Chairman of IFA Pigs Committee, Tom Hogan has welcomed the recent agreement on trade between the EU and Mexico.
He said Mexico had a deficit trade balance of 620,000 tonnes of pork and ham in 2016. While there has been some recovery in domestic production in Mexico after severe outbreaks of PED (Blue ear pneumonia) in 2014, domestic consumption is recorded up 4% year-on-year, and Mexico is and will remain an important global importer of premium pigmeat.
Tom Hogan called on export processors, with the assistance of Bord Bia, to explore Mexico along with any other opportunities to secure access for Irish pigmeat to premium markets that recognise the high standards to which Irish pig farmers produce.
The new trade agreement announced last weekend, as part of an overall EU-Mexico global agreement not yet finalised, will see the immediate removal of 99% of tariffs imposed by Mexico on EU pigment, opening the door for Irish and EU exporters of pigmeat to sell in another market.
“Mexico has significant demand for high quality hams and this presents an opportunity for the Irish processing sector to increase their global customer base, which is so important to an exporting country such as Ireland, particularly while the potential Brexit timebomb is ticking away,” Tom Hogan said.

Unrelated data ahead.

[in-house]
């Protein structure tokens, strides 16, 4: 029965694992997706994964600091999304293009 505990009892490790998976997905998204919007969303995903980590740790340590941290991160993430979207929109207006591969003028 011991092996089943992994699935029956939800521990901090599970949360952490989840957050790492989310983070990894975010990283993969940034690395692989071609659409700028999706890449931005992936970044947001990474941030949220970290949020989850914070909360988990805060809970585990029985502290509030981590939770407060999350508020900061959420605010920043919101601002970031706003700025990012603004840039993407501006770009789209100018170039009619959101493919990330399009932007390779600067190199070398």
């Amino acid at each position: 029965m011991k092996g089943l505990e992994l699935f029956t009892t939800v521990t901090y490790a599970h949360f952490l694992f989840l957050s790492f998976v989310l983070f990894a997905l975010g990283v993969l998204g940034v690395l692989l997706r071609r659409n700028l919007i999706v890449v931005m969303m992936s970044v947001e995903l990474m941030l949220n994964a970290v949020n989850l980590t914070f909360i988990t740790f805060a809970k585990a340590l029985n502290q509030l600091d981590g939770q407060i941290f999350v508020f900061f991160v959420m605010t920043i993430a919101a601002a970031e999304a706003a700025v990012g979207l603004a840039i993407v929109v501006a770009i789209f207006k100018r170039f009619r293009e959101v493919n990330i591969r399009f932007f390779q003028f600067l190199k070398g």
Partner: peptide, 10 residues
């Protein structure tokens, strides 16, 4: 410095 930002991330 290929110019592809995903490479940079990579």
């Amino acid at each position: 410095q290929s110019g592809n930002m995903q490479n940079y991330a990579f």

He warned pig factories that in order to take advantage of this new market, they must be cognisant of the financial realities of pig farming and increase the Irish pig price to farmers immediately. “Irish pig farmers have produced pigs since mid-January at below the cost of production, and all cash reserves built up during a few good pig price months in summer 2017 are long depleted. Without a sustainable price for the farmer, there will be no pig industry left to applaud the opening of new market opportunities such as the Mexican market,” Tom Hogan said.